Aldi

In: Business and Management

Submitted By simon21
Words 642
Pages 3
Privately held by brothers Theo and Karl Albrecht, Aldi Group is Germany's leading grocery store chain and a top competitor in the global retail food industry. Cited by some as Europe's largest retailer, the chain has found success by going against virtually every standard of supermarketing, from its legendary reticence to the "Spartan atmosphere" of its stores. By the early 1990s the company operated an estimated 3,000 stores under the Aldi, Hofer, and Combi names in Germany, the Netherlands, Belgium, Denmark, Austria, the United States, France, and the United Kingdom.

Established in 1913 in Germany, Aldi operates what are known in the grocery business as "limited-assortment" stores or "hard discounters." Aldi has taken this retail concept, which features low overhead and scanty selection, to its leanest, meanest extreme. Unlike the vast majority of supermarket chains, which are continuously increasing their product offerings and selling space, Aldi holds selection at its stores to about 500 items. The bulk of these items are packaged grocery or dry goods. All other grocery formats carry at least ten times Aldi's typical 500-item lineup. Up to 95 percent of Aldi's offerings are sold under private or packer labels, and some of these products are made expressly for the chain. A 1993 examination of the limited-assortment niche noted that successful discounters (like Aldi) work closely with manufacturers to design products that are cheaper to transport, stock, and sell than name-brand goods. National brands are sometimes offered, but many industry observers speculate that Aldi only stocks them to highlight its own discounts.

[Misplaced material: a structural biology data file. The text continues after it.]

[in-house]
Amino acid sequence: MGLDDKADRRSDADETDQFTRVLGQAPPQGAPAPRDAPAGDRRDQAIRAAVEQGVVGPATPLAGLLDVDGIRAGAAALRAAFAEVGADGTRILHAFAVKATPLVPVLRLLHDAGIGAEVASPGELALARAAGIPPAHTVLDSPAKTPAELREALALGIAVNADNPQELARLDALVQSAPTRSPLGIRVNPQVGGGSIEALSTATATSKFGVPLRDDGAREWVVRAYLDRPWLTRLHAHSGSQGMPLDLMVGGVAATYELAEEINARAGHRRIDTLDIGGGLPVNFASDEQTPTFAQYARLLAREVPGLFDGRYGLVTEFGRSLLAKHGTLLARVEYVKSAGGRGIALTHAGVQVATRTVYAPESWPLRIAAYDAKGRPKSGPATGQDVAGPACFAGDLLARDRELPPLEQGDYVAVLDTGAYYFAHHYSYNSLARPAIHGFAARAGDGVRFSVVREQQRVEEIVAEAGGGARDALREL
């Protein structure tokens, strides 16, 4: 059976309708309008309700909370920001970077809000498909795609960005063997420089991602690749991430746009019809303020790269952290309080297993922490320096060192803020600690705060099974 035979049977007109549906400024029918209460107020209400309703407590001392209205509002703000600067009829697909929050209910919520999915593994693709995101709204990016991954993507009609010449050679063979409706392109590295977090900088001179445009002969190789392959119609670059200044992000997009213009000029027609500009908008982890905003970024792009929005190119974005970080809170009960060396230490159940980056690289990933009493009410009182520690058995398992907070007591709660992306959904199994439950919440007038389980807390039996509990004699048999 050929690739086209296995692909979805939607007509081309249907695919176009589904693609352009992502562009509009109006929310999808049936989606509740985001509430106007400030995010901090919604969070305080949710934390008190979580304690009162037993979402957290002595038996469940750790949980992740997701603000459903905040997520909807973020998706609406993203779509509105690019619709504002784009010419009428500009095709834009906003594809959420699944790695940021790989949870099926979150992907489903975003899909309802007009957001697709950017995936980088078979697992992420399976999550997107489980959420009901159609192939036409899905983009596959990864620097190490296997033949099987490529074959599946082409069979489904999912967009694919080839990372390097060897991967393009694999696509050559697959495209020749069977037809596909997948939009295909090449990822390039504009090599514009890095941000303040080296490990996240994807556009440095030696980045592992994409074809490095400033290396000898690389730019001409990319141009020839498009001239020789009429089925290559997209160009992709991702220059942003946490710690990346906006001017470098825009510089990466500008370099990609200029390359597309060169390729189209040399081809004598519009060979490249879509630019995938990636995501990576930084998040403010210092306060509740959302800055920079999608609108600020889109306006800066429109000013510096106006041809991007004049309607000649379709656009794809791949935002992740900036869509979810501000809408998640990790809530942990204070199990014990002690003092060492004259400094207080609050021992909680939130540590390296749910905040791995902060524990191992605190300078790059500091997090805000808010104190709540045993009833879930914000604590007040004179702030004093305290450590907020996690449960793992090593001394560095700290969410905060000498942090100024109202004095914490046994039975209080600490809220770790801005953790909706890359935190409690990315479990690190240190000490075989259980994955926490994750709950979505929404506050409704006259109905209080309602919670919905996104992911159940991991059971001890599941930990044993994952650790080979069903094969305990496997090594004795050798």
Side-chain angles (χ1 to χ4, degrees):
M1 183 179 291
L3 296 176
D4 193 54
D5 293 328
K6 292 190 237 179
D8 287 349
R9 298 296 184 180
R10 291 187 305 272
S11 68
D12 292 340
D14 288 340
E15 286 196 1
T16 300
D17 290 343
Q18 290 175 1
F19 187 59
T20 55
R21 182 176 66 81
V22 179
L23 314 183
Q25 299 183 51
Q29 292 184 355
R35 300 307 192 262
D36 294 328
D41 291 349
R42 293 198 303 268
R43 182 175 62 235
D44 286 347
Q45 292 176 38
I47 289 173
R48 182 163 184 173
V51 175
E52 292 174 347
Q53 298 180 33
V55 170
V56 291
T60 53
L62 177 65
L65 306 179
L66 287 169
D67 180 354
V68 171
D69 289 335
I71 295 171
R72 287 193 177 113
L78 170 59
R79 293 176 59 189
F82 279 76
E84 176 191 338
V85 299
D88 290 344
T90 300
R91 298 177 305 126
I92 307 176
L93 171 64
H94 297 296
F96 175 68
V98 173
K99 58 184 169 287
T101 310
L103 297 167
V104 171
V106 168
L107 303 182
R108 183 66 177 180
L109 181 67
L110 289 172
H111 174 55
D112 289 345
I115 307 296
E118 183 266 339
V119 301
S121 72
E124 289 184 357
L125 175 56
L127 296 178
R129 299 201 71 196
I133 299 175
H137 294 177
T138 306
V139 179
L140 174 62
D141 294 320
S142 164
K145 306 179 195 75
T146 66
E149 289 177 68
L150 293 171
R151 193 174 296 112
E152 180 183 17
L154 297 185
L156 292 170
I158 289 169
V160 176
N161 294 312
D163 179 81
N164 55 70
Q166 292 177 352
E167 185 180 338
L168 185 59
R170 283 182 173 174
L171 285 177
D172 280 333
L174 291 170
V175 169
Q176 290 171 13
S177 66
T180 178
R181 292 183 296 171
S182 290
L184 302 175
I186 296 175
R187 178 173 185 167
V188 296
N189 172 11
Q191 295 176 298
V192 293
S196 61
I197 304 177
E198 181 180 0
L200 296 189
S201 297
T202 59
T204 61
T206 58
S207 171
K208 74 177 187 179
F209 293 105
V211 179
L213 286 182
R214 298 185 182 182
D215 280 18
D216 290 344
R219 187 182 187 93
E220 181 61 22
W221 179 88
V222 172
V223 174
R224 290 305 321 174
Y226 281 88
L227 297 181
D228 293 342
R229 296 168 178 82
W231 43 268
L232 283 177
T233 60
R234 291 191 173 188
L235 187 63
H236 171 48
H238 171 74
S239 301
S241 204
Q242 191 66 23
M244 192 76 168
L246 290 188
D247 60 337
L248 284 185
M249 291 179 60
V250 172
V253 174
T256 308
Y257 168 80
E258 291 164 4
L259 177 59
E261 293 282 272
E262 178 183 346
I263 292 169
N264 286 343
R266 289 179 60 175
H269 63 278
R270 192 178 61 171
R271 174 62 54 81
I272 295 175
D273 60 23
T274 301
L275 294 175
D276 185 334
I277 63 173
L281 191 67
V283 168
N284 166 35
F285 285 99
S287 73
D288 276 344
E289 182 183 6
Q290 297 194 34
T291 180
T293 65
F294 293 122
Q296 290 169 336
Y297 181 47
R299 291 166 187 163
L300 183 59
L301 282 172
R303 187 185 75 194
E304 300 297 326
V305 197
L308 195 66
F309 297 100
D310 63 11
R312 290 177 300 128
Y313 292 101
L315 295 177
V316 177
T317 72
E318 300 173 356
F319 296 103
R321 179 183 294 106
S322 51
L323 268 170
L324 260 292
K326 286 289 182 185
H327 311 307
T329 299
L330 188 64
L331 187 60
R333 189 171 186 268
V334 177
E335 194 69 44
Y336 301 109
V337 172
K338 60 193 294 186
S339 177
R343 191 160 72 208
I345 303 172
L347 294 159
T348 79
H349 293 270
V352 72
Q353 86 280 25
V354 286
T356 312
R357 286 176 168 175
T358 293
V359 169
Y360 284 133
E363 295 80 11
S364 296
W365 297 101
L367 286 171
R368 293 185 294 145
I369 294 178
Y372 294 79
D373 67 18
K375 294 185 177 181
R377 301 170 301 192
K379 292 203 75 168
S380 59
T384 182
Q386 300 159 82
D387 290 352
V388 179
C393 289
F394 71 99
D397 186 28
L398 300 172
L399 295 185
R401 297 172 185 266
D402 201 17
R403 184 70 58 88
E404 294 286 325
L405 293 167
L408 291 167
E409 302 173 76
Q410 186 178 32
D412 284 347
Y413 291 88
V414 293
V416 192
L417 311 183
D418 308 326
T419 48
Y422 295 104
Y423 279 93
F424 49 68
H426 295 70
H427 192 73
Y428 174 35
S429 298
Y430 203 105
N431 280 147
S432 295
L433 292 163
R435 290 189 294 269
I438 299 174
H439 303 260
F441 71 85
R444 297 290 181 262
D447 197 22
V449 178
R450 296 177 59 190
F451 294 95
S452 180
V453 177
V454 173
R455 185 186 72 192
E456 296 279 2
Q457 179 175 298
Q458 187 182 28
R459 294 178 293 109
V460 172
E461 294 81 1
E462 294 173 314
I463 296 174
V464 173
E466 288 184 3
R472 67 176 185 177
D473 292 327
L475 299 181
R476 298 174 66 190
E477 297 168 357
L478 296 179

By limiting consumer choice, Aldi saves money in several ways. Aldi stores are correspondingly small--usually 8,000 to 15,000 square feet--compared to the 50,000 to 125,000 square feet typically utilized by competitors with larger catalogs of…...

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